The reveal-and-conceal relationship between the lead characters in City of Ghosts is fascinating. There’s a lot to learn about the other side when adventures through The Veil become more complex. This book explores historical haunts and interesting folklore as the alluring story unfolds in ethereal delight.

Victoria Schwab is the #1 New York Times best-selling author of more than a dozen novels for young adults and adults, including the Shades of Magic series, Vicious, Vengeful, This Savage Song, and Our Dark Duet.  • Review by Christine Van Zandt Writer, editor, and owner of Write for Success www.Write-for-Success.com @WFSediting,Christine@Write-for-Success.com

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Let’s Talk Time Tales – Wednesdays With Once Upon a Time

WHAT WE’RE READING
WEDNESDAYS 
WITH ONCE UPON A TIME

Always Time for Books –
A Roundup of Time Related Reads

Books have a way of making time do funny things; slowing us down as we settle into the story and speeding up whenever a clue is about to be revealed. And of course, there is never enough time to read all the books we want to read. There is so much power in the way that books and readers interact with time and we wanted to highlight some of our middle grade favorites here at Once Upon A Time.

 

cover illustration from Saving Winslow by Sharon CreechThe slow and careful buildup of love and trust is the star in Saving Winslow (HarperCollins) by Sharon Creech. A delightful family read-aloud that skillfully weaves empathy, compassion and family into a beautifully realized story, universal, timeless and, dare I say a new classic, in the mold of Charlotte’s Web (without the talking animals). Ten-year old Louie is determined to save a sick miniature donkey even though his past animal endeavors haven’t turned out well. His parents caution him but Louie names his new charge Winslow as a sign of faith and determination in the small creature’s survival. Louie uses his plight as a way to connect with his brother’s absence while serving in the Vietnam War. Saving Winslowcaptures an innocence and steadfast belief in miracles that are real and close at hand. ★Starred Reviews – Kirkus, Publishers Weekly, School Library Journal.
Buy the book here: https://www.shoponceuponatime.com/book/9780062570703

 

 

 

cover illustration from Marcus Vega Doesn't Speak SpanishEverything can change in just a few days. In Marcus Vega Doesn’t Speak Spanish (Viking BYR), Pablo Cartaya shows how much time and place impact who you are. Marcus Vega may look like the average bully—large, silent, and overwhelming—but inside he is just a boy too big for the quiet kids and too small to fill the shoes of his absent father. Marcus is suspended from school for protecting his brother from a bully and decides his time off would be better spent searching for answers from his father in Puerto Rico. With his mother and brother in tow and only a few days to accomplish his goal, Marcus goes down a path of misadventure leading to understanding. A fast-paced journey of self-discovery about the role of family, friendship, and home. Perfect for readers ages 10 to 14. ★Starred Review – School Library Journal. Buy the book here: https://www.shoponceuponatime.com/book/9781101997260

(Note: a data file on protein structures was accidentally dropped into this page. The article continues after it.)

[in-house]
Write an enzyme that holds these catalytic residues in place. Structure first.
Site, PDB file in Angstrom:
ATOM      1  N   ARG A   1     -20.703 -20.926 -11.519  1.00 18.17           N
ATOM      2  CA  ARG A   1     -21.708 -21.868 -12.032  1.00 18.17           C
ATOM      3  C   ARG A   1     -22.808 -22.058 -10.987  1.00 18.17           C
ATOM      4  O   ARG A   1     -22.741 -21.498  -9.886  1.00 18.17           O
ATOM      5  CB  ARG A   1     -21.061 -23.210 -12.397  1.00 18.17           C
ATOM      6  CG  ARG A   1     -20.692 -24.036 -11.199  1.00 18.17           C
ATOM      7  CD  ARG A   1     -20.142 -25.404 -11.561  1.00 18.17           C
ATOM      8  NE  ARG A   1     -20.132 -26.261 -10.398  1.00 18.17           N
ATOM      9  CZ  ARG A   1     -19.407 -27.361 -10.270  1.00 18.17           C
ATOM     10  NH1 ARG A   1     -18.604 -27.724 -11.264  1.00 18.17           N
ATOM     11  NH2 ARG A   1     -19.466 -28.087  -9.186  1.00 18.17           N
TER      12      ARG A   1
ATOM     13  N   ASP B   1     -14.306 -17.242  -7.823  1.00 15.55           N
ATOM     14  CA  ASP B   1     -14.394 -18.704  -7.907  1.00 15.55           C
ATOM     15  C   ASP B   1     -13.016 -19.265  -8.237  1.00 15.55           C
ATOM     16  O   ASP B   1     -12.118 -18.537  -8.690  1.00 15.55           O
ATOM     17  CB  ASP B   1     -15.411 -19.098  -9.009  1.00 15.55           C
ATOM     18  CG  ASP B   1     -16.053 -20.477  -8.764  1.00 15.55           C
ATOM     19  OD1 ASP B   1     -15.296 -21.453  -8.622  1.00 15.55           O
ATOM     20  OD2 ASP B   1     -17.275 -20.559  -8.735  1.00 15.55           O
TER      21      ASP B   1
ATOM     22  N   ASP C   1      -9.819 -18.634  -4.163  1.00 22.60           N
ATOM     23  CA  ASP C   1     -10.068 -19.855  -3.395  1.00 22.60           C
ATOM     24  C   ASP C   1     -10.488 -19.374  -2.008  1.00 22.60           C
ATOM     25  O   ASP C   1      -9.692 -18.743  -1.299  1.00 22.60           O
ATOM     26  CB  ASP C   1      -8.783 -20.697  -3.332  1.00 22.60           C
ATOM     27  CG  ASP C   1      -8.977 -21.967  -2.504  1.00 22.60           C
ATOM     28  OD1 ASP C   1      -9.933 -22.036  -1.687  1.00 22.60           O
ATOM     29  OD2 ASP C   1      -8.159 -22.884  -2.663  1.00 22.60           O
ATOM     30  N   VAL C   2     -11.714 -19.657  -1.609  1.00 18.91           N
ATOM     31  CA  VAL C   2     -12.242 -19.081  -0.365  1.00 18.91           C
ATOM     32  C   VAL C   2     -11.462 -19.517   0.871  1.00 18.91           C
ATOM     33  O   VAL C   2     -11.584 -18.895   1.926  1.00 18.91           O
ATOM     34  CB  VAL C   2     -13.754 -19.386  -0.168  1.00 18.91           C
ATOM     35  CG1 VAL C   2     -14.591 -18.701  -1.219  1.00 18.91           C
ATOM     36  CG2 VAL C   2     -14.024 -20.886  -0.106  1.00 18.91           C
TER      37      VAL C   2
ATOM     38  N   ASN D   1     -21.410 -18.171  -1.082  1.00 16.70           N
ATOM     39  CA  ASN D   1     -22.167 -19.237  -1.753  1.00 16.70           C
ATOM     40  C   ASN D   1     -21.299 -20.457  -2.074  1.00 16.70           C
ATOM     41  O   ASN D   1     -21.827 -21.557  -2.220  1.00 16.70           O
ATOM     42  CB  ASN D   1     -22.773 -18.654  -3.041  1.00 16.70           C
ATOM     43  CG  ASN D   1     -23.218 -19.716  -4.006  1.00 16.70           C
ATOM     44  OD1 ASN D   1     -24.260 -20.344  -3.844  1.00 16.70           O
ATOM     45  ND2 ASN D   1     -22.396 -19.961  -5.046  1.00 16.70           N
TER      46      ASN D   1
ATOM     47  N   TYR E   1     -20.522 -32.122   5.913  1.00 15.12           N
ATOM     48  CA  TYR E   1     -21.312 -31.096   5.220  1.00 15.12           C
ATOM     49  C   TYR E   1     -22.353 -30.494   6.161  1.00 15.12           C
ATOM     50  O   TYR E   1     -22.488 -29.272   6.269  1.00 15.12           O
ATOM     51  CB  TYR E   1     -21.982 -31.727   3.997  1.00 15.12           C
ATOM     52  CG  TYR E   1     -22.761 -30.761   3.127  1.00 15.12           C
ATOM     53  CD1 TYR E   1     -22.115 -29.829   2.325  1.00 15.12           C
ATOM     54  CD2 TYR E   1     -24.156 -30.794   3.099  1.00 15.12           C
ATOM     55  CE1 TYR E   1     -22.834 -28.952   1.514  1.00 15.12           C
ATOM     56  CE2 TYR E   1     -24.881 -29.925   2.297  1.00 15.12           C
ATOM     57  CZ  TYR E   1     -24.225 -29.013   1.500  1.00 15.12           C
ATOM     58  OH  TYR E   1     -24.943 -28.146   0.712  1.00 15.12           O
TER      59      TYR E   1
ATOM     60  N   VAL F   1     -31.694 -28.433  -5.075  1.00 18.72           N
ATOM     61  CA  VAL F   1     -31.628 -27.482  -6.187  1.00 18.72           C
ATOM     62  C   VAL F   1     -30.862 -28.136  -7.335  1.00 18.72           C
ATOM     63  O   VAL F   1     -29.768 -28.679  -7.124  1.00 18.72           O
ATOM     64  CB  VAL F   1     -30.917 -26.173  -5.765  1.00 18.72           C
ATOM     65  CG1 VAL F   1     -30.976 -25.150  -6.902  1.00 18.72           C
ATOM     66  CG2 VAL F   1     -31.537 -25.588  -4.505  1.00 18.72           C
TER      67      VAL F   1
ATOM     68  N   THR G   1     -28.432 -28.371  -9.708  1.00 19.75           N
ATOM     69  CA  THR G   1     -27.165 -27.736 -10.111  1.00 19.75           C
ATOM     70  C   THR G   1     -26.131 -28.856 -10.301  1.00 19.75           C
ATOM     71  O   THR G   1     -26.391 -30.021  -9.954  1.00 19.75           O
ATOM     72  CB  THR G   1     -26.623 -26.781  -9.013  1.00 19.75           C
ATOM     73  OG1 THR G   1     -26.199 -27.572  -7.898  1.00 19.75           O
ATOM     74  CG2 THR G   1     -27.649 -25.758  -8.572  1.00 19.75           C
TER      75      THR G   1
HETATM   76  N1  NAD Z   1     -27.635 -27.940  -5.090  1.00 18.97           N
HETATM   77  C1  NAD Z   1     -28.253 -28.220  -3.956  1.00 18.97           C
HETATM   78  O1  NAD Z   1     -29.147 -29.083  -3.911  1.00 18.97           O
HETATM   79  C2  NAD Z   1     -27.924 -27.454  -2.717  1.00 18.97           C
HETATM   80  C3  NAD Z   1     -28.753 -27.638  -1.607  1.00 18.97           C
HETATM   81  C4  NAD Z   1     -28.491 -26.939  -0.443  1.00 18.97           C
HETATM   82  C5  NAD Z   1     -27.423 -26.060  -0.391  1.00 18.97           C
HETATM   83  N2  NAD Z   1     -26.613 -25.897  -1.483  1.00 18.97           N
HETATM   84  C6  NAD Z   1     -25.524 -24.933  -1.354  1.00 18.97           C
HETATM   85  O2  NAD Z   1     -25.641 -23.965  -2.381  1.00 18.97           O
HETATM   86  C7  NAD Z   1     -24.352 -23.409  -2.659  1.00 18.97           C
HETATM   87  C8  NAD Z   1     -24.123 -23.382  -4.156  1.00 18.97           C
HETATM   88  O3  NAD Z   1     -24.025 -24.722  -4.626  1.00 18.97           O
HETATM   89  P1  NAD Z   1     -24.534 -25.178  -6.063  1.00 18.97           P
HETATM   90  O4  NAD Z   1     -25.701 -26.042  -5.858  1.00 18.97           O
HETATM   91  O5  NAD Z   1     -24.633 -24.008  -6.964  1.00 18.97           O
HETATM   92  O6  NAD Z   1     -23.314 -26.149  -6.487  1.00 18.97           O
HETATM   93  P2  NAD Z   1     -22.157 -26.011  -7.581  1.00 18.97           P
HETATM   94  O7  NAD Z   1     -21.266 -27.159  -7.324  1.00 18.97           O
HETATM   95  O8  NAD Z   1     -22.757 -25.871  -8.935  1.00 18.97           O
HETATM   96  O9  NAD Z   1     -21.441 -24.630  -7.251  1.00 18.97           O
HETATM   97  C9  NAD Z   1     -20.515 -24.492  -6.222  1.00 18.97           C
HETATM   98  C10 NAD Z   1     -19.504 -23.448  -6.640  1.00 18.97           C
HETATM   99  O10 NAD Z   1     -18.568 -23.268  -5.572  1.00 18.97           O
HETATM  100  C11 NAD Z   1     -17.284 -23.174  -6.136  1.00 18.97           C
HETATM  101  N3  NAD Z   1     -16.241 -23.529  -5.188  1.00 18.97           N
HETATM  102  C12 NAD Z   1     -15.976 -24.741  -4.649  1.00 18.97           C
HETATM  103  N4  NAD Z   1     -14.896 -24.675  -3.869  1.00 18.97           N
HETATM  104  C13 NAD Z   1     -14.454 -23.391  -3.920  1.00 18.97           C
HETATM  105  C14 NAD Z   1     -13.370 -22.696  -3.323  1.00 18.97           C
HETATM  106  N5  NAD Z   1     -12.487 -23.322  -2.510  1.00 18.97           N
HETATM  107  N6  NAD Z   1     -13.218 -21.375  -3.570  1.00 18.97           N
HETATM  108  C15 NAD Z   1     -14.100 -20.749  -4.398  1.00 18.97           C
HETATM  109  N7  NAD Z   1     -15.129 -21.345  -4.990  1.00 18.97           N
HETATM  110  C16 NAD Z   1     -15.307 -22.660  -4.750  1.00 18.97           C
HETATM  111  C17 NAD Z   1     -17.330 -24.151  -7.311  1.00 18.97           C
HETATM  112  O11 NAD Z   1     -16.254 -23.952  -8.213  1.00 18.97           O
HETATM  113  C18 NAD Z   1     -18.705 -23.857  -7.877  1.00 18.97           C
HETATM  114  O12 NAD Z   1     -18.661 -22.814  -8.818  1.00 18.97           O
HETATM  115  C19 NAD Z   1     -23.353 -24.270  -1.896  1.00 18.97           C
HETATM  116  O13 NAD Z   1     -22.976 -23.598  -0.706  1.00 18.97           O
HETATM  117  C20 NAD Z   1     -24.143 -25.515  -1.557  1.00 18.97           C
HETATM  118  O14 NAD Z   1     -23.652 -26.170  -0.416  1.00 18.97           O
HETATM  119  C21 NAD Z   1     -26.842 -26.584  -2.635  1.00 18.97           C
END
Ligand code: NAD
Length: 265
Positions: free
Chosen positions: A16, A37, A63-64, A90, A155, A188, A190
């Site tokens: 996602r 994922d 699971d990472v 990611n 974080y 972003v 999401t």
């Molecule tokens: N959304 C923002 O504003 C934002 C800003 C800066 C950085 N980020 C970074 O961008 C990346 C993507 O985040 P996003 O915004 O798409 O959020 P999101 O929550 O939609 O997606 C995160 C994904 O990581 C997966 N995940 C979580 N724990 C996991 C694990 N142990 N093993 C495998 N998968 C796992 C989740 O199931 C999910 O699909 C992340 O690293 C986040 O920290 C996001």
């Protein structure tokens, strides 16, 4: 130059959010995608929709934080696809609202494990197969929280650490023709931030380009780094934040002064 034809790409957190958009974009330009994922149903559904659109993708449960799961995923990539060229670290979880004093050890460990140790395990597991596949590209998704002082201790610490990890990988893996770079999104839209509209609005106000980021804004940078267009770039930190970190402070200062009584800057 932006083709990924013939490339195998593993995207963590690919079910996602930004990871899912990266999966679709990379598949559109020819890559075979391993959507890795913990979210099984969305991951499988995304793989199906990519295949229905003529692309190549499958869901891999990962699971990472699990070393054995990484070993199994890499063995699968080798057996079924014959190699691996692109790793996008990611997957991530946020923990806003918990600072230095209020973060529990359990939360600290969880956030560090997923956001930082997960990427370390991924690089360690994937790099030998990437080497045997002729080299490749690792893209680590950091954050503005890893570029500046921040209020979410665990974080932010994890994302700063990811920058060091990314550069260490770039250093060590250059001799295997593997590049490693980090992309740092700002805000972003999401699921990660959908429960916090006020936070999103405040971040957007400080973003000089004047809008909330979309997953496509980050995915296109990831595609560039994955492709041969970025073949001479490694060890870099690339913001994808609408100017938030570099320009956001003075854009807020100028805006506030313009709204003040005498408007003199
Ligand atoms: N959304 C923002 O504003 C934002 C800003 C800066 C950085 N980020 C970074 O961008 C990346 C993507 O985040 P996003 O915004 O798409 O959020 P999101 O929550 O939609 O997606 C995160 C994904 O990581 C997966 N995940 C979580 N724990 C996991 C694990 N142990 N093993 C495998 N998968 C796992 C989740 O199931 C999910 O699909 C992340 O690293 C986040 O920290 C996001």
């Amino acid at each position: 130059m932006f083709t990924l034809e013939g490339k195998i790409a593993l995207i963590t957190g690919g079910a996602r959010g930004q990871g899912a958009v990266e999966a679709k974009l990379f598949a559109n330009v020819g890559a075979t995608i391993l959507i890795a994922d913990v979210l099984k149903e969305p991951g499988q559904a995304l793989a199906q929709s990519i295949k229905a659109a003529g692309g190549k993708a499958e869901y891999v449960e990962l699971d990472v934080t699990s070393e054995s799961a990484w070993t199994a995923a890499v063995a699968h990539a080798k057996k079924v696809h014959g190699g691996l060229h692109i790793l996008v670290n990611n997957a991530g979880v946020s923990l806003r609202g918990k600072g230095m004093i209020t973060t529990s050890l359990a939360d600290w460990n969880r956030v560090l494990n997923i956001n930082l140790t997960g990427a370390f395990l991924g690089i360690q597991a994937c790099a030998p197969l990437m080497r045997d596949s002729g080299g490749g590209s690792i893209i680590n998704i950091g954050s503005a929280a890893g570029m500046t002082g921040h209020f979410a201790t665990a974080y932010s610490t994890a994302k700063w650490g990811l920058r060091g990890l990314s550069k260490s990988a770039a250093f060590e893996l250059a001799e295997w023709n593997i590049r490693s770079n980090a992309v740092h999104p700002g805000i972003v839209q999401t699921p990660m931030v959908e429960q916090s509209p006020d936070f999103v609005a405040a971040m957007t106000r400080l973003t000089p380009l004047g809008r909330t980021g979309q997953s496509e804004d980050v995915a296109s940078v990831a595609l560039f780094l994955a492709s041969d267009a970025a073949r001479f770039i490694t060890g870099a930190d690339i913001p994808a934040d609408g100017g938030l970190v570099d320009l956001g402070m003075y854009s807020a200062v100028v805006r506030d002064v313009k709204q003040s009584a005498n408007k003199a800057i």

cover illustration from Timeless: Diego and the Rangers of the VastlanticFor fantasy adventure readers that want to be blown away, Timeless: Diego and the Rangers of the Vastlantic (HarperCollins) written and illustrated by Armand Baltazar is for them. First, the physical book is 400+ pages and weighs a massive 2.5 lbs! But that’s because there are over 150 full color illustrations throughout which pull the reader along the fast-paced story. And second, the premise—our world is 300 years in the future, has collapsed for a minute, and in that time reconfigured with past, present and future worlds meshed all together – without cell phones, electricity. “Diego’s middle school hallways buzz with kids from all eras of history and from cultures all over the world.” Dinosaurs are with robots (mechanical) and tall ships, sort of steam punk but not.

 

Diego is 13 and a mechanical whiz. He and his family live near the coast in New Chicago, a reimagined Chicago and its waterways. Diego has concocted a cool mechanical submarine in order to go to school! The plot goes crazy when Diego’s dad is kidnapped by a villain from Roman times. He’s aware that Diego’s dad is a mechanical genius who can help mechanize the robots and turn the world back to the proper time. Diego’s friends go with him as he tries to find his father. Help from his pilot mother and the Rangers set up this first in a series. I LOVED the vast world building, fast pace and those one-of-a-kind illustrations. Truly, this is what I think could be the next Harry Potter type series which will capture the imaginations of adventure fans all over and for years to come. Best for ages 9 and up. ★Starred Review – Publishers Weekly. Buy the book here: https://www.shoponceuponatime.com/book/9780062402363

Looking for a good way to spend your time in addition to reading? Meet Armand Baltazar, creative mind behind Timeless on Friday, October 19th at 7 pm for a special book signing and costume contest.

Find event details here: https://www.shoponceuponatime.com/event/book-signing-and-costume-contest-armand-baltazar

  • Reviewed by Jessica Palacios

NOTE: Good Reads With Ronna makes no commission or profit from the sale of any book in this post. Our goal is to encourage the love of reading great books.